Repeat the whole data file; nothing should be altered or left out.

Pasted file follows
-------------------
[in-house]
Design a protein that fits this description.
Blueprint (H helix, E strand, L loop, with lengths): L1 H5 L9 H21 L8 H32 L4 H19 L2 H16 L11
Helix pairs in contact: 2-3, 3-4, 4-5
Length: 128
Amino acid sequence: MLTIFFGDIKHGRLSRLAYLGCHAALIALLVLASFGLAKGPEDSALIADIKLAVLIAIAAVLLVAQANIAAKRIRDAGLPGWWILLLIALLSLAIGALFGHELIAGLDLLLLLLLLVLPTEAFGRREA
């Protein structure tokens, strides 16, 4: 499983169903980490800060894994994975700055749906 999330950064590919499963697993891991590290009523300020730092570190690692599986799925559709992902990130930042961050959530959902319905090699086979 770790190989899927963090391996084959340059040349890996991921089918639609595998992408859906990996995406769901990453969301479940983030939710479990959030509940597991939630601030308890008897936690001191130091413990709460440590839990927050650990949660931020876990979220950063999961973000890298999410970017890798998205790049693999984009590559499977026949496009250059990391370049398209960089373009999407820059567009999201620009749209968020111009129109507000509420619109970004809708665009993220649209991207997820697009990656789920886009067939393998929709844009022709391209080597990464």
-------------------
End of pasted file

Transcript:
[in-house]
Design a protein that fits this description.
Blueprint (H helix, E strand, L loop, with lengths): L1 H5 L9 H21 L8 H32 L4 H19 L2 H16 L11
Helix pairs in contact: 2-3, 3-4, 4-5
Length: 128
Amino acid sequence: MLTIFFGDIKHGRLSRLAYLGCHAALIALLVLASFGLAKGPEDSALIADIKLAVLIAIAAVLLVAQANIAAKRIRDAGLPGWWILLLIALLSLAIGALFGHELIAGLDLLLLLLLLVLPTEAFGRREA
């Protein structure tokens, strides 16, 4: 499983169903980490800060894994994975700055749906 999330950064590919499963697993891991590290009523300020730092570190690692599986799925559709992902990130930042961050959530959902319905090699086979 770790190989899927963090391996084959340059040349890996991921089918639609595998992408859906990996995406769901990453969301479940983030939710479990959030509940597991939630601030308890008897936690001191130091413990709460440590839990927050650990949660931020876990979220950063999961973000890298999410970017890798998205790049693999984009590559499977026949496009250059990391370049398209960089373009999407820059567009999201620009749209968020111009129109507000509420619109970004809708665009993220649209991207997820697009990656789920886009067939393998929709844009022709391209080597990464």